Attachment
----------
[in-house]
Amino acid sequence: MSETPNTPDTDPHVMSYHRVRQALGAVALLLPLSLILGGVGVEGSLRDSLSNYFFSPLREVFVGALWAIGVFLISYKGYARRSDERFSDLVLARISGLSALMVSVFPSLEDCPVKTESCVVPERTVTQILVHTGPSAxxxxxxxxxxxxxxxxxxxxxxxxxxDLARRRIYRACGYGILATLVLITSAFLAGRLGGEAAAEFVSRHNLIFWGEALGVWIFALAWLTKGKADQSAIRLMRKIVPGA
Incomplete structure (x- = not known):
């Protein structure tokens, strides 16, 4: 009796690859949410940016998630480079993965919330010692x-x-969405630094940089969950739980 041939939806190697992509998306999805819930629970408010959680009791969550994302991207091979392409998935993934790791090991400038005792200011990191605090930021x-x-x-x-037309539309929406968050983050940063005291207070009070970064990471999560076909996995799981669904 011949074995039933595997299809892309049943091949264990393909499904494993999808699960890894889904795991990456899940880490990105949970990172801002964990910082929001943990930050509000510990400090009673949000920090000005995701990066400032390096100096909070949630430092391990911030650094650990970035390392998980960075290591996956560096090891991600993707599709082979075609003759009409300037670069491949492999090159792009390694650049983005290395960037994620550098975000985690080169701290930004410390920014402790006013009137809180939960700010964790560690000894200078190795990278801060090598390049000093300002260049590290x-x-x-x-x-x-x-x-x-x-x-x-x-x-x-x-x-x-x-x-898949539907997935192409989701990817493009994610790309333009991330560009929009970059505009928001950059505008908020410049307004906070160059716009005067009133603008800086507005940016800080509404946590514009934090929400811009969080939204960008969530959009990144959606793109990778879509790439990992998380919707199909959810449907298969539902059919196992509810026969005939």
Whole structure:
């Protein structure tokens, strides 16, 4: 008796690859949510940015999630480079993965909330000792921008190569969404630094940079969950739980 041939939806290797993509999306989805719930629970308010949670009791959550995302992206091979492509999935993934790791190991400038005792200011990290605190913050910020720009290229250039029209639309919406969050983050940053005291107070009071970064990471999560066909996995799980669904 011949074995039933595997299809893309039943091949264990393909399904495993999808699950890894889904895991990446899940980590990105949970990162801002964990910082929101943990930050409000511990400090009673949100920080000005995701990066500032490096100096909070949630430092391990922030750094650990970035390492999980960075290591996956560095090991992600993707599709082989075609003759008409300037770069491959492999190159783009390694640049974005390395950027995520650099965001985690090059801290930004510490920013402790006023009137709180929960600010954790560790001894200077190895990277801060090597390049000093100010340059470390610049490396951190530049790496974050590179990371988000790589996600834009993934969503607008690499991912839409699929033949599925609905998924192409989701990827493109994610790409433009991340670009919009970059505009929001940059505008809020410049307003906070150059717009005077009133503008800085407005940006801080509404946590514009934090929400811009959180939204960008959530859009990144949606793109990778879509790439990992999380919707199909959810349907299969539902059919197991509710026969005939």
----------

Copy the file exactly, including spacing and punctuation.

[in-house]
Amino acid sequence: MSETPNTPDTDPHVMSYHRVRQALGAVALLLPLSLILGGVGVEGSLRDSLSNYFFSPLREVFVGALWAIGVFLISYKGYARRSDERFSDLVLARISGLSALMVSVFPSLEDCPVKTESCVVPERTVTQILVHTGPSAxxxxxxxxxxxxxxxxxxxxxxxxxxDLARRRIYRACGYGILATLVLITSAFLAGRLGGEAAAEFVSRHNLIFWGEALGVWIFALAWLTKGKADQSAIRLMRKIVPGA
Incomplete structure (x- = not known):
């Protein structure tokens, strides 16, 4: 009796690859949410940016998630480079993965919330010692x-x-969405630094940089969950739980 041939939806190697992509998306999805819930629970408010959680009791969550994302991207091979392409998935993934790791090991400038005792200011990191605090930021x-x-x-x-037309539309929406968050983050940063005291207070009070970064990471999560076909996995799981669904 011949074995039933595997299809892309049943091949264990393909499904494993999808699960890894889904795991990456899940880490990105949970990172801002964990910082929001943990930050509000510990400090009673949000920090000005995701990066400032390096100096909070949630430092391990911030650094650990970035390392998980960075290591996956560096090891991600993707599709082979075609003759009409300037670069491949492999090159792009390694650049983005290395960037994620550098975000985690080169701290930004410390920014402790006013009137809180939960700010964790560690000894200078190795990278801060090598390049000093300002260049590290x-x-x-x-x-x-x-x-x-x-x-x-x-x-x-x-x-x-x-x-898949539907997935192409989701990817493009994610790309333009991330560009929009970059505009928001950059505008908020410049307004906070160059716009005067009133603008800086507005940016800080509404946590514009934090929400811009969080939204960008969530959009990144959606793109990778879509790439990992998380919707199909959810449907298969539902059919196992509810026969005939």
Whole structure:
């Protein structure tokens, strides 16, 4: 008796690859949510940015999630480079993965909330000792921008190569969404630094940079969950739980 041939939806290797993509999306989805719930629970308010949670009791959550995302992206091979492509999935993934790791190991400038005792200011990290605190913050910020720009290229250039029209639309919406969050983050940053005291107070009071970064990471999560066909996995799980669904 011949074995039933595997299809893309039943091949264990393909399904495993999808699950890894889904895991990446899940980590990105949970990162801002964990910082929101943990930050409000511990400090009673949100920080000005995701990066500032490096100096909070949630430092391990922030750094650990970035390492999980960075290591996956560095090991992600993707599709082989075609003759008409300037770069491959492999190159783009390694640049974005390395950027995520650099965001985690090059801290930004510490920013402790006023009137709180929960600010954790560790001894200077190895990277801060090597390049000093100010340059470390610049490396951190530049790496974050590179990371988000790589996600834009993934969503607008690499991912839409699929033949599925609905998924192409989701990827493109994610790409433009991340670009919009970059505009929001940059505008809020410049307003906070150059717009005077009133503008800085407005940006801080509404946590514009934090929400811009959180939204960008959530859009990144949606793109990778879509790439990992999380919707199909959810349907299969539902059919197991509710026969005939």